How to draw Spain’s regional boundaries has been a question that many thought the Spanish Constitution of 1978 had resolved. But for Villacañas, the philosopher, it’s the territorial crisis that is now hamstringing Spanish politics. “The urgency to create the Catalan Republic, on one side, and to defend Spain’s unity, on the other, has pointed the country’s entire political map toward confrontation rather than toward consensus of any kind,” he told us. “On both sides, there are parties that seek only further escalation.” The consequences for those caught in the middle of the nationalism debate, such as Podemos, are dire. “Of course, Podemos hasn’t prompted the rise of the far right,” Fernández said. “Still, the party should ask itself why, almost five years after its creation and with 70 seats in the Spanish parliament, it hasn’t been able to offer a viable proposal to mitigate the effects of widespread insecurity around political identity. I attribute it to a lack of ideas, pure and simple.”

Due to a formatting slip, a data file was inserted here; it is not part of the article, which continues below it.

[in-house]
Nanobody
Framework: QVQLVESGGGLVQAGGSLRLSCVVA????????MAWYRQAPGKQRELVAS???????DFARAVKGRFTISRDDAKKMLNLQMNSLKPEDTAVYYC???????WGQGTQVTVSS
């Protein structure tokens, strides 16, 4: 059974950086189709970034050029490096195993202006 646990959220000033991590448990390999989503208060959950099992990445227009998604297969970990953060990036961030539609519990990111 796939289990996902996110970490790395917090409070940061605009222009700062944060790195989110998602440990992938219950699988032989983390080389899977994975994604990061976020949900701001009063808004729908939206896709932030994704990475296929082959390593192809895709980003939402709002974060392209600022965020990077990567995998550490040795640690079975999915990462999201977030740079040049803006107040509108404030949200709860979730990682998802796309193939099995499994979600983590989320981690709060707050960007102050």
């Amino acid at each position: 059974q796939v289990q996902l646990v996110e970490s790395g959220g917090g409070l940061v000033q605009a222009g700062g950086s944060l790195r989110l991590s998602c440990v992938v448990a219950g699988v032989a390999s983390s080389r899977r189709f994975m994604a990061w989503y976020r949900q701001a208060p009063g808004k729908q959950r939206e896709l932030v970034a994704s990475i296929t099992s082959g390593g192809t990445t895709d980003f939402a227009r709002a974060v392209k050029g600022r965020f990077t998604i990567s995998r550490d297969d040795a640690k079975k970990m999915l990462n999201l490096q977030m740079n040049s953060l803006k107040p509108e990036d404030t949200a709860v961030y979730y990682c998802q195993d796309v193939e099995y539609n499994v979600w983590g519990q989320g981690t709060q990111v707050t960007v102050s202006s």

That lack of ideas has resulted in a narrowing of the political playing field, leaving the left with little room for maneuver. “The Spanish left needs the progressive voters in Catalonia, the Basque Country, Galicia, and Valencia in order to build a majority,” Villacañas explained. “But if those voters shift their interest toward building their own states, Spain will be handed over to the right. The more the Socialists and Podemos depend on those regions, in other words, the more votes they lose in the rest of Spain.” Yet the political stakes could not be higher, Villacañas added. “It’s become increasingly clear that the Catalan problem will not be solved by democratic means. Even the pro-independence movement can see that,” he said. “This plays into the hands of those parties that are not afraid to go the extreme route: the PP, Citizens, and Vox. It may not yet be too late to defuse the escalation, but time is ticking away fast.”